Written by Anders Aslund
Source: Atlantic Council
Observers have greatly feared that Russia’s President Vladimir Putin would start a small regional war this August. Russia has moved up its State Duma elections to September 18. Although only Putin’s parties are allowed to win, he has a predilection for “small and victorious wars” to mobilize his people.
In 1999, the second war in Chechnya preceded his rise to president. In August 2008, Russia attacked Georgia. In February 2014, Russia annexed Crimea, a move that was greatly popular in Russia. Its war in Syria has been an unmitigated success. For the last two years, Russia’s economy has been in recession, giving Putin all the more reason to mobilize his compatriots around a small war.
August is the best time for Moscow’s military action because Western decision-makers are on holidays. The Berlin Wall was initiated in August 1961, the invasion of Czechoslovakia occurred in August 1968, and the Moscow coup took place in August 1991.
The parallels with the August 2008 Russian-Georgian war are striking. That conflict started with the Olympic games in Beijing. The United States president was a lame duck amid the presidential election campaign. Russia was pursuing a large-scale military exercise called Caucasus 2008 in the Northern Caucasus. The Kremlin blamed Georgia for an implausible attack.
A war in August has seemed quite likely for domestic reasons, but where? In the last week, it has become clear that Ukraine will be the target. Major Russian troop movements with hundreds of tanks and heavy artillery to the Donbas and Crimea were reported during the weekend. They were part of a big Russian military exercise named Caucasus 2016.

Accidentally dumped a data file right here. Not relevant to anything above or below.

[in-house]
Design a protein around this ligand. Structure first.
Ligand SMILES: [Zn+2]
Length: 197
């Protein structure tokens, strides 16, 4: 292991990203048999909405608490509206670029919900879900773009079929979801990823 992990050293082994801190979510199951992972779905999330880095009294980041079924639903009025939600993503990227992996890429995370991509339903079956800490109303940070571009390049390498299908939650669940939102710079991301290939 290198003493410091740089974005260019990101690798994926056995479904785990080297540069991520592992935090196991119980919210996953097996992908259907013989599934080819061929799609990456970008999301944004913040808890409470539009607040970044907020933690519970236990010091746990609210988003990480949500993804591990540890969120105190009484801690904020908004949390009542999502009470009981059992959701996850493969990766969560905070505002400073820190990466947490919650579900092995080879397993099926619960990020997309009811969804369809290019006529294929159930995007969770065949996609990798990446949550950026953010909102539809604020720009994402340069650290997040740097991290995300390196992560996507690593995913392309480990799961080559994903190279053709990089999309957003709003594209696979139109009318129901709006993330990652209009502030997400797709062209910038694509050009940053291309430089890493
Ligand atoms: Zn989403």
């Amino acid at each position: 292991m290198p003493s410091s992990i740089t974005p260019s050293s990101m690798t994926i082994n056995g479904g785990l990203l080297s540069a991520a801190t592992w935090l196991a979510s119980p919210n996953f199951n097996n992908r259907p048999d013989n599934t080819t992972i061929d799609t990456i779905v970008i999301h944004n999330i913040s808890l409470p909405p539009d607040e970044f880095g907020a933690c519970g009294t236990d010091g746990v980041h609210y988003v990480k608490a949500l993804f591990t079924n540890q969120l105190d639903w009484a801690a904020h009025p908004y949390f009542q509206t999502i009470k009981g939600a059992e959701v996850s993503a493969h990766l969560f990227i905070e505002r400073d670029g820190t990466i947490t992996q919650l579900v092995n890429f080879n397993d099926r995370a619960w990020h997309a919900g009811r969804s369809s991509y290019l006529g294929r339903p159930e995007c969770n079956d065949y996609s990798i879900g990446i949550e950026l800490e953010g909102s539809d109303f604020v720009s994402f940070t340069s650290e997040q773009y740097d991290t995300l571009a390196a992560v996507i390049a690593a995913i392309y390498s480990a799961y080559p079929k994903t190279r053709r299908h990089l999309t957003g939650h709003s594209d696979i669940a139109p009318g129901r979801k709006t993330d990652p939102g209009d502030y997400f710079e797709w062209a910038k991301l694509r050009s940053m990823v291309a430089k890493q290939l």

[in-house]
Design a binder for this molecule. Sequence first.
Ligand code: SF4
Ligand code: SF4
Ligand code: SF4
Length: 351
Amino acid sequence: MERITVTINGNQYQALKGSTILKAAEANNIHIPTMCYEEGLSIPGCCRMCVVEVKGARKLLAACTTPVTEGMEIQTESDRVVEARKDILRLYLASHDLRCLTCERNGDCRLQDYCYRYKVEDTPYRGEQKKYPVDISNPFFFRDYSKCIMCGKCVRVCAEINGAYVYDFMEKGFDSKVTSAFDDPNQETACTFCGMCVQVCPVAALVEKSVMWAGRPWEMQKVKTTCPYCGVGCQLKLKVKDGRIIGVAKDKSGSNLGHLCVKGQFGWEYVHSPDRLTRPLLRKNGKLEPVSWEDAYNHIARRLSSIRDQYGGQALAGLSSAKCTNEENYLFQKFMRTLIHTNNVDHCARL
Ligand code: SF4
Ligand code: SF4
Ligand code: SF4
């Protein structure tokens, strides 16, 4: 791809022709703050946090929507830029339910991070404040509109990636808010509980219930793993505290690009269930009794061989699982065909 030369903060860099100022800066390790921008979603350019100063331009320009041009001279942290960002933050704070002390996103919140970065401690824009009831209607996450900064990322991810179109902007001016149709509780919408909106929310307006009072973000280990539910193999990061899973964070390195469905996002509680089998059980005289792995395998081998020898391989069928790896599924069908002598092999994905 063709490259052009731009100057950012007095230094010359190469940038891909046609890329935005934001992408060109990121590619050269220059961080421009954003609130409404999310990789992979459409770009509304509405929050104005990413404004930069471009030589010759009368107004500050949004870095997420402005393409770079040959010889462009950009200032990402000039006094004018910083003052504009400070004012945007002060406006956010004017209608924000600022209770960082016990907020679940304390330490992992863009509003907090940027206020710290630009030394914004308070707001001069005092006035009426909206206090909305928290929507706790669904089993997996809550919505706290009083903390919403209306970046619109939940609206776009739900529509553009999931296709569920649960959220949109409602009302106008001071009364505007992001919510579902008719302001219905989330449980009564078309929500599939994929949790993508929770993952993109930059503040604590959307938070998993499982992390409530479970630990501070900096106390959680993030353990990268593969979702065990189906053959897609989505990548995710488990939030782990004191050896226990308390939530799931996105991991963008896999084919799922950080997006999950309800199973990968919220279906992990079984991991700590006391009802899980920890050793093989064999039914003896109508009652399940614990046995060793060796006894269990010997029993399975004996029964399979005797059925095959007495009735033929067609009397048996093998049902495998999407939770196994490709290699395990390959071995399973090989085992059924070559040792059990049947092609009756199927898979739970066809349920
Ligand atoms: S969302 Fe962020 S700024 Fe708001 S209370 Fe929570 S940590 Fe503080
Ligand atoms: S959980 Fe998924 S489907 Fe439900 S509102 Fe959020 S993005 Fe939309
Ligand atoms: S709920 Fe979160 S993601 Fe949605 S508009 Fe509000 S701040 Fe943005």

Read more: Kremlin Tightens Grip on Devastated Donbas
On August 6, the Russian puppet leader of the Luhansk People’s Republic, Igor Plotnytskyi, was severely wounded by a car bomb in Russian-occupied Luhansk. Ukrainian intelligence blamed internal power struggles in Luhansk, while Russia blamed Ukrainian intelligence.
During August 6-7, Russian troops amassed in northern Crimea. Roadblocks were set up and the three checkpoints connecting the region to the rest of Ukraine were closed. Vague Russian reports complained about some Ukrainian incursion. President Petro Poroshenko has put Ukrainian troops on high alert.